Expressing her ideas through visual art is second nature for Flora Rees-Arredondo.
“I’ve done art since I was a kid,” said Rees-Arredondo, the Latinx artist from Burbank, California, who designed our new U.S. Bank Nuestra Herencia™ Visa® Debit Card.
Nuestra Herencia means “our heritage,” and that was the theme Rees-Arredondo captured in her work.
“I grew up in Davis,” she shared. “I’m mixed race – my dad immigrated from Mexico, and my mom, who is a professional artist, is from California.”
But her design for the debit card encompasses a story larger than her own. “I’m a huge nerd,” she said, “so I love studying history and exploring culture and mythology through my own artwork and short films.”
U.S. Bank intentionally develops debit card designs that allow our customers to share something about themselves – from their LGBTQ+ pride to their favorite sports teams. This card, launched in conjunction with Hispanic Heritage Month, is U.S. Bank’s first design for the Hispanic community.
Rees-Arredondo incorporated the broader story of Hispanic and Latino heritage into the card art. “The most exciting part about designing the card is that we were creating a dialogue,” she said. “We were showing at least one perspective about what it means to be Latine or Latinx, and we wanted to be inclusive of all Latinx perspectives. Everyone is different, but I think most people will connect to it in some way.”
The specific card design was inspired by Rees-Arredondo’s study of Aztec and Mayan mythology. “I was thinking, ‘How could I modernize this? The illustration came from a storyline I created in my head about Aztec civilization, but modernized.”
Working with a financial institution was a unique addition to her resume, which includes work with animation and video game studios, as well as her own short films. “I fell in love with live action film in high school,” Rees-Arredondo shared. “I enjoyed watching films like Silver Linings Playbook and Amélie. I was enchanted by the lighting and loved their storytelling devices.”
As she was developing her eye, Rees-Arredondo knew she wanted to use art for something bigger than herself. “Art is the perfect form of social activism because everyone looks at art whether they realize it or not,” she said. “We see graphic designed ads all the time. Art demonstrates where we are as a society and how we see ourselves in other people, and we can use art to shape how we see others in our society.”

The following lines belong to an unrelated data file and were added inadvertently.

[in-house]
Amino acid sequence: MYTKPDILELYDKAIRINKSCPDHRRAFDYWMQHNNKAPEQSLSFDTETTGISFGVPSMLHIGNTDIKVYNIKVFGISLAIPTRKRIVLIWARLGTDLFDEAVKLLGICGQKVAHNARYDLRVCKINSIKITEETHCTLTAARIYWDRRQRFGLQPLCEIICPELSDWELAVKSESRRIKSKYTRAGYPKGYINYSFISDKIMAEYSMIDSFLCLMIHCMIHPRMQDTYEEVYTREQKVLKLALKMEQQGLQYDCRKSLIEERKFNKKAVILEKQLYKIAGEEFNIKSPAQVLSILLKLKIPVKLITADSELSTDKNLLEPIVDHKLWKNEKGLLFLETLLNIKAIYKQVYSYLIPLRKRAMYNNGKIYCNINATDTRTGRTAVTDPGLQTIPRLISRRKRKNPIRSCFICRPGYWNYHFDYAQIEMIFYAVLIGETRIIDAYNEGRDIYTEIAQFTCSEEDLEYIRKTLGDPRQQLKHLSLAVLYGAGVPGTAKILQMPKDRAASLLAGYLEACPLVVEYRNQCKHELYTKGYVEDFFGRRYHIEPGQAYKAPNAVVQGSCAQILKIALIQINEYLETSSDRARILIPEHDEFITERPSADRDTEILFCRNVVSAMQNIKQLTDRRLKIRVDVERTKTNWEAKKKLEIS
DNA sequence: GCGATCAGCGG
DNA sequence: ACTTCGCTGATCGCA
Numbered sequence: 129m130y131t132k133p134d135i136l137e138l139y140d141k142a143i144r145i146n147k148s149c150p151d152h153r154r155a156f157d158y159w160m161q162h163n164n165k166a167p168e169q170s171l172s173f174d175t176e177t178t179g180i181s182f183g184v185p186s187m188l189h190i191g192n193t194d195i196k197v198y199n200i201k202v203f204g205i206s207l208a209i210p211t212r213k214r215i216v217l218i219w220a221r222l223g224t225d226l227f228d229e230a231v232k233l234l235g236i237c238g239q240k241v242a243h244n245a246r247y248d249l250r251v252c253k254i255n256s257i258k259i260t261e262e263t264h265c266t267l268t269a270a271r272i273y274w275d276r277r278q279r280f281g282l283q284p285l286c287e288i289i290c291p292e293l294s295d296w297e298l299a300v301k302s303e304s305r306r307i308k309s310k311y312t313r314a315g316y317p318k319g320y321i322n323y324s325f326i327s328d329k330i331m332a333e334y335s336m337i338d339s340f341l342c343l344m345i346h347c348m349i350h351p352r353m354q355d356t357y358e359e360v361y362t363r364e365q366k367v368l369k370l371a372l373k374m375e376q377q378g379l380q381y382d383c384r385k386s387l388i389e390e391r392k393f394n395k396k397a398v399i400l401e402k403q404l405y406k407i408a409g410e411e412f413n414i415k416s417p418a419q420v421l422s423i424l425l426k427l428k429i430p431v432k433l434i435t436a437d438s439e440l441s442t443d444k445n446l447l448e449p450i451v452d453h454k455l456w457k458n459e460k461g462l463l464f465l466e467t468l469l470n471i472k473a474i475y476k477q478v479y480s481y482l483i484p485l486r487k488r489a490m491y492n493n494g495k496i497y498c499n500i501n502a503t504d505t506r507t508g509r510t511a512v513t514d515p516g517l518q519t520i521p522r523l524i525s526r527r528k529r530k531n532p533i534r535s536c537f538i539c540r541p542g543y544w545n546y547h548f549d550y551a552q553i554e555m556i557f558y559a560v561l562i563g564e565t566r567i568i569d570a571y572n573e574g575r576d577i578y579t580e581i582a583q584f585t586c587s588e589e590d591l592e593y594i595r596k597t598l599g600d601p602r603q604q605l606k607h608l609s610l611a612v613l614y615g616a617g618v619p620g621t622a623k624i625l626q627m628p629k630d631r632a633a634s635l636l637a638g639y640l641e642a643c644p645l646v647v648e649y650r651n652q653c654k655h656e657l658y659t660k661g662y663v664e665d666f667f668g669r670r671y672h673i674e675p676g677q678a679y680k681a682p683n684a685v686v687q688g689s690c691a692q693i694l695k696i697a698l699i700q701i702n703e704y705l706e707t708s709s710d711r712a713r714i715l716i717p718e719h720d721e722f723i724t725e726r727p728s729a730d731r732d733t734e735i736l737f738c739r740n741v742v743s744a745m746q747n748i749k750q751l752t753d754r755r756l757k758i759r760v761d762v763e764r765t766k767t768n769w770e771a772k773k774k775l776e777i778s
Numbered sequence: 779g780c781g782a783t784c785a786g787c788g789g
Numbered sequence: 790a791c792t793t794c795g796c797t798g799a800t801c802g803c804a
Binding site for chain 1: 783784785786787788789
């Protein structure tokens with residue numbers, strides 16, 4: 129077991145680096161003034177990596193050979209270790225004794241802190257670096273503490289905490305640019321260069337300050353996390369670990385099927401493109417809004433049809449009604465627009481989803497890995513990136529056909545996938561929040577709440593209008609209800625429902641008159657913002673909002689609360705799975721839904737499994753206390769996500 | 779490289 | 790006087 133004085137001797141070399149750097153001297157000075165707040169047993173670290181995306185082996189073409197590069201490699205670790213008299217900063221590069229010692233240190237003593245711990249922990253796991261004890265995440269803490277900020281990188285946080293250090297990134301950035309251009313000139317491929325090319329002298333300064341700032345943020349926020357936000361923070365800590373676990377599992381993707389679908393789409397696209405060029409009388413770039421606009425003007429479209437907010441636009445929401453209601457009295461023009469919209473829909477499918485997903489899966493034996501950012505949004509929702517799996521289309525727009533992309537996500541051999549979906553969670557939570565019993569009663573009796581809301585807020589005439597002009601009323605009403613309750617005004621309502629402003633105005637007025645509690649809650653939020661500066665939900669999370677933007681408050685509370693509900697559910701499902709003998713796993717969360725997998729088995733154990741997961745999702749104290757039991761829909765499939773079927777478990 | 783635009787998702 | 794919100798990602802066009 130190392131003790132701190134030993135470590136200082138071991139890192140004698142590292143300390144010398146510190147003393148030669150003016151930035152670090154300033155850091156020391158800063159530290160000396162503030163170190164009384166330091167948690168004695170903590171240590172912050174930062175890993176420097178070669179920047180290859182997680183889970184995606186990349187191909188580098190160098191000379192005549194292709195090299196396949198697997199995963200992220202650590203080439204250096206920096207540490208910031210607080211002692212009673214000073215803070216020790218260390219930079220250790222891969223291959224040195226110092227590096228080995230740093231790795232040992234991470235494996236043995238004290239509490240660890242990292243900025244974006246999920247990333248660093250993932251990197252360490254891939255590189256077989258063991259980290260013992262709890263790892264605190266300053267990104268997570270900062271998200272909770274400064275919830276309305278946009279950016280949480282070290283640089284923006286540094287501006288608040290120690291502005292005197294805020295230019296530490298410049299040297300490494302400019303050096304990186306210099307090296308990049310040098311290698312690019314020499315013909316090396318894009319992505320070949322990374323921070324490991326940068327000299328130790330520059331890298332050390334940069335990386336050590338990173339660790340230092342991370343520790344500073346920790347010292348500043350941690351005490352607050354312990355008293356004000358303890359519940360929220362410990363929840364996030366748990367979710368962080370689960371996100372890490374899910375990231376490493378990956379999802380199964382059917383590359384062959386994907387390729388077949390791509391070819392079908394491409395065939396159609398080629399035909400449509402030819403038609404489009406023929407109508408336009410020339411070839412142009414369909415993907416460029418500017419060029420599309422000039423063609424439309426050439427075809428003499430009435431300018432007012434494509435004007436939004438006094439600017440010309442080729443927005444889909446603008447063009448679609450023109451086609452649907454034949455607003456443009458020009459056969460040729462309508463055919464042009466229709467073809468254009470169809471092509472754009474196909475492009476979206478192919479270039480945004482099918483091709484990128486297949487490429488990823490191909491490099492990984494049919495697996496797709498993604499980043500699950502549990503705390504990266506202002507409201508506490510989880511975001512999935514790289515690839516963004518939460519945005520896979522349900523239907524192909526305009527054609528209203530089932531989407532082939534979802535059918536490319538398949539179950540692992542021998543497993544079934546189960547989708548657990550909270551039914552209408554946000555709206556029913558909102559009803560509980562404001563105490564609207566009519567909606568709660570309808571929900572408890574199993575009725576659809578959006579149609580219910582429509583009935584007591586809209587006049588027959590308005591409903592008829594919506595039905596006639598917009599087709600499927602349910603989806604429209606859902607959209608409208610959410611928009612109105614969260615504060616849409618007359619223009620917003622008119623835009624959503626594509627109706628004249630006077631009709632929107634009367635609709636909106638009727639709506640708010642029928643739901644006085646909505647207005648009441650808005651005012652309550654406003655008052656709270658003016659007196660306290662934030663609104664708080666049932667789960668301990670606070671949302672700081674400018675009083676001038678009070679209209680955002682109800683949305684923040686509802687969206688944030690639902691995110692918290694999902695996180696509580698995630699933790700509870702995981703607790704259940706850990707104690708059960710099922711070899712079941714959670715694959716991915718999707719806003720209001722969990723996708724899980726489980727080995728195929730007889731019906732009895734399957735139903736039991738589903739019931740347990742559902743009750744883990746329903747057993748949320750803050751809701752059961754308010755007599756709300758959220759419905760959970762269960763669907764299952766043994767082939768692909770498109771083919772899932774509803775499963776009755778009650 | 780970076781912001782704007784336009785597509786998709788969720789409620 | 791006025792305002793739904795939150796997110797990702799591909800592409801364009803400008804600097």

Representation itself is a powerful form of activism. “If I'm a kid growing up and I don't see someone who looks like me, I'm going to feel left out,” Rees-Arredondo said. “I felt insecure in my own identity as mixed race. [Representation in media] doesn't have to be life-changing and in your face. It can be subtle, using different skin tones or including LGBTQ+ representation.”
Having representation on screen is just as important as having it behind the scenes – in the crew, animators, writers and artists who produce content. “It’s important to showcase who we are in reality – not in a bubble of what others think we are/should be. Animation, and entertainment in general, is going in a good direction in terms of having more diversity. I loved seeing people who looked like me working together on a show, hearing their perspectives and learning how they got into their career. When I work with people who have similar experiences as me, it shows me I'm heard, there are others who look like me and I have a community.”
That’s one reason why we chose Ana Lydia Monaco, an up-and-coming Latina director, to film a short documentary about Rees-Arredondo and her debit card design.
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